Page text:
Thanks, bobjengr. Yes, it seems most (and even I) would tend to agree with you...we'd prefer human bartenders. Though sometimes when it's really busy at a bar I imagine a robot might be more efficient. And even though this robot can tell when a person's had one too many (theoretically), I'm not sure how it could prevent the person from driving home? Unless it grabs them menacingly with its robotic arm and holds them down, which would be a bit scary!
I agree Nancy. I had rather have a real person tending bar than a 'bot. Also, who's going to say "hay buddy--you've had one too many". Give me the keys; I'll call you a cab. One other thing, how about the various quantities of each component for the drinks? It seems to me the "formula" would have to be one size fits all. Excellent post though.
Haha, WilliamK...good one! And after that he may have added, "These are not the droids you're looking for." ;) OK, I think this commentary is an increidble digression. So let's leave it at that! Although it all does prove the point that there are some things for which I think robots will never be adequate replacements for humans.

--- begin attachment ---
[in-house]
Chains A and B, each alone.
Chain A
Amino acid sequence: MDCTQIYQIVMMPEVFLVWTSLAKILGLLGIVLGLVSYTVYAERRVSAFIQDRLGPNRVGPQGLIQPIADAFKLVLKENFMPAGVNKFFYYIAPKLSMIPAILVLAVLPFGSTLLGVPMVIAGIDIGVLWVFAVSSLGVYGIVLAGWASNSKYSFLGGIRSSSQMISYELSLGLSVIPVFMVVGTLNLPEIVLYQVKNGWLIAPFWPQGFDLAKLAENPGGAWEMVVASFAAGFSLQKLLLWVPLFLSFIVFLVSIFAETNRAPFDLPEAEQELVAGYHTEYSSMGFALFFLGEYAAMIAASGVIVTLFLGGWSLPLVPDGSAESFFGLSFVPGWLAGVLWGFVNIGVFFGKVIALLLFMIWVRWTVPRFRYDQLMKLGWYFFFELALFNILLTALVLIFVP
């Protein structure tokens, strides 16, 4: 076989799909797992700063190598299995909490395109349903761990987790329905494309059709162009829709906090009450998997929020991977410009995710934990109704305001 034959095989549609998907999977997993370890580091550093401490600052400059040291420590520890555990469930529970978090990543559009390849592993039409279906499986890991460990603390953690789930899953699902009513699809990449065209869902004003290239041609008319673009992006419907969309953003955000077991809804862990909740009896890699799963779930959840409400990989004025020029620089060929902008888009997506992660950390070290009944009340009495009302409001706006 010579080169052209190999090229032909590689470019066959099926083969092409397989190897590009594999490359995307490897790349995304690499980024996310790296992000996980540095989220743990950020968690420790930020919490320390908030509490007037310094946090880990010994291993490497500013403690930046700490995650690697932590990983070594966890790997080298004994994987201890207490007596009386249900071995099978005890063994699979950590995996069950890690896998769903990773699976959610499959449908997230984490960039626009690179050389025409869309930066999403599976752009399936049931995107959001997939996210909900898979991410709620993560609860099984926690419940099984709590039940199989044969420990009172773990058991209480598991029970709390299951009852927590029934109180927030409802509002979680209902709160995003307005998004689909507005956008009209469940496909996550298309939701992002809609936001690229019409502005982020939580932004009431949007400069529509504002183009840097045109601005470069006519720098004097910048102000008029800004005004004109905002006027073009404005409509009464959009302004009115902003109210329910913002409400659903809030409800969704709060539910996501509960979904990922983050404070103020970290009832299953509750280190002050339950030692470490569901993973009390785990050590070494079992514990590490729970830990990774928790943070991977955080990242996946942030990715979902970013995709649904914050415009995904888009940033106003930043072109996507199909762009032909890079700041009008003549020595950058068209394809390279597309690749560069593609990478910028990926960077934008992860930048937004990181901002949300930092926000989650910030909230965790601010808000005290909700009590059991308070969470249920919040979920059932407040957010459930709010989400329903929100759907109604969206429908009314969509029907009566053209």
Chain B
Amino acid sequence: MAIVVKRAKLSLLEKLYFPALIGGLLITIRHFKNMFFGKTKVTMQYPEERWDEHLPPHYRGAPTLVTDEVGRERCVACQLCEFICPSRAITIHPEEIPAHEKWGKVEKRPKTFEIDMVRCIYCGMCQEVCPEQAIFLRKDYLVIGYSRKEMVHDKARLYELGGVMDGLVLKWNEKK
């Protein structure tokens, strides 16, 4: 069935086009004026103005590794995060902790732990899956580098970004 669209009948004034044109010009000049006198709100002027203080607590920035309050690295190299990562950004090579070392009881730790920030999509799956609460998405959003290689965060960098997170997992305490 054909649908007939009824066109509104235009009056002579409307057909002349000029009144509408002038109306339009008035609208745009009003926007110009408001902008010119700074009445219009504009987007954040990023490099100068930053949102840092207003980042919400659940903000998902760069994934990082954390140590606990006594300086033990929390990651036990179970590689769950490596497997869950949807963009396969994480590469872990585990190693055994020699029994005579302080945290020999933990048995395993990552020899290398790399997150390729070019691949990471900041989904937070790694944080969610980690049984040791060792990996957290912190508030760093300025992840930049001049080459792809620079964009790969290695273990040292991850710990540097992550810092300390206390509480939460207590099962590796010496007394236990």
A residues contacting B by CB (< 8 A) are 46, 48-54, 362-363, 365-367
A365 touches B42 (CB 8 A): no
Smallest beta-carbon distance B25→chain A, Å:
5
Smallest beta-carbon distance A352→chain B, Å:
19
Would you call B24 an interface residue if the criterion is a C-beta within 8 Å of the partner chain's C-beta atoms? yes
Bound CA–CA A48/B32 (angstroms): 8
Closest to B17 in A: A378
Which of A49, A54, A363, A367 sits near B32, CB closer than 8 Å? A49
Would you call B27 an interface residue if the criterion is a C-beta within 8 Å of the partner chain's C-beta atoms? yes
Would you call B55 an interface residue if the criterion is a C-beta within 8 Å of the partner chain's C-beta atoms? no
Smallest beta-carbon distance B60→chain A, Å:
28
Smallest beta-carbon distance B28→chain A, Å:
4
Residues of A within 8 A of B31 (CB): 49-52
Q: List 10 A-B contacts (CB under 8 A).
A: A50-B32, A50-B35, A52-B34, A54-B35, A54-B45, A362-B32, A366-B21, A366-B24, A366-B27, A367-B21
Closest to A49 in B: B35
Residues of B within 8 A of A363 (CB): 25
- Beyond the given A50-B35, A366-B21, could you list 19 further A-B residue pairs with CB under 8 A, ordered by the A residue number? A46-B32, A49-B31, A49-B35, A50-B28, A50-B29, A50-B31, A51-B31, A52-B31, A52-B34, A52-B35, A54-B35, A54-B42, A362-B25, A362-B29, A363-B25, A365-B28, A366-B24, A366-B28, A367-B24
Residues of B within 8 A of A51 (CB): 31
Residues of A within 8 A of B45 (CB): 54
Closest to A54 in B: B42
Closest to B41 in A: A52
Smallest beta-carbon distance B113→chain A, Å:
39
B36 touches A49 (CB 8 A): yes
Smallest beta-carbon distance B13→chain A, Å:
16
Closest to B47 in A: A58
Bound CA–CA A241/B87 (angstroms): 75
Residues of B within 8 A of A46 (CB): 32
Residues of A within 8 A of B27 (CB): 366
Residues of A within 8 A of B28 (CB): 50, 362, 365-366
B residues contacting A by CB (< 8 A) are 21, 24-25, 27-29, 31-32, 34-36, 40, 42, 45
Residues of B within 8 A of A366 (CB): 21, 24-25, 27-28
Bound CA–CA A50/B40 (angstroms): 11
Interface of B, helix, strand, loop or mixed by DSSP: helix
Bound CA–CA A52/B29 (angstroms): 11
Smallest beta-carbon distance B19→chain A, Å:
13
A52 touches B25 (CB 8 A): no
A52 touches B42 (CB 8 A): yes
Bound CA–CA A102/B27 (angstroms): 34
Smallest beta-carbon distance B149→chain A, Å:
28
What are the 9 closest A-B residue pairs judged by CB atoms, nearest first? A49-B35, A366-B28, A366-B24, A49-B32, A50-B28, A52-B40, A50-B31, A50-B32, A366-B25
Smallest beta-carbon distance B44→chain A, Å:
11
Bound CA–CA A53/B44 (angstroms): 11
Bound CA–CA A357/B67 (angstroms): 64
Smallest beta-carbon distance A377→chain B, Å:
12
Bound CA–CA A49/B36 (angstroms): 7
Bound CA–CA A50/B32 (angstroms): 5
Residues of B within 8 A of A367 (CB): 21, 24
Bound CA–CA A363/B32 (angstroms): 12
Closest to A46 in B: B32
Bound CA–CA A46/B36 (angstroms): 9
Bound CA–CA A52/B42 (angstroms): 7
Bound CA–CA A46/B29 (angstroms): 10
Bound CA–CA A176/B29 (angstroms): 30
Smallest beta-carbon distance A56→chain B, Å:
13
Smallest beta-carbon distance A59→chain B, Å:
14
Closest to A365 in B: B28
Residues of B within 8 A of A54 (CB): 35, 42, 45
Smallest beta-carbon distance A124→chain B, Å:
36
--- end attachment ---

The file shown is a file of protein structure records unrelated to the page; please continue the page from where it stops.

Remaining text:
Good idea, William K. There already are robot fry cooks in China, I think, and you're right--robots probably work best in situations that don't call for social interaction but rather repetitive movements that can end up being quite boring for a human.
The company says it anticipates high-definition video for home security and other uses will be the next mature technology integrated into the IoT domain, hence the introduction of its MatrixCam devkit.
Siemens and Georgia Institute of Technology are partnering to address limitations in the current additive manufacturing design-to-production chain in an applied research project as part of the federally backed America Makes program.
Most of the new 3D printers and 3D printing technologies in this crop are breaking some boundaries, whether it's build volume-per-dollar ratios, multimaterials printing techniques, or new materials types.
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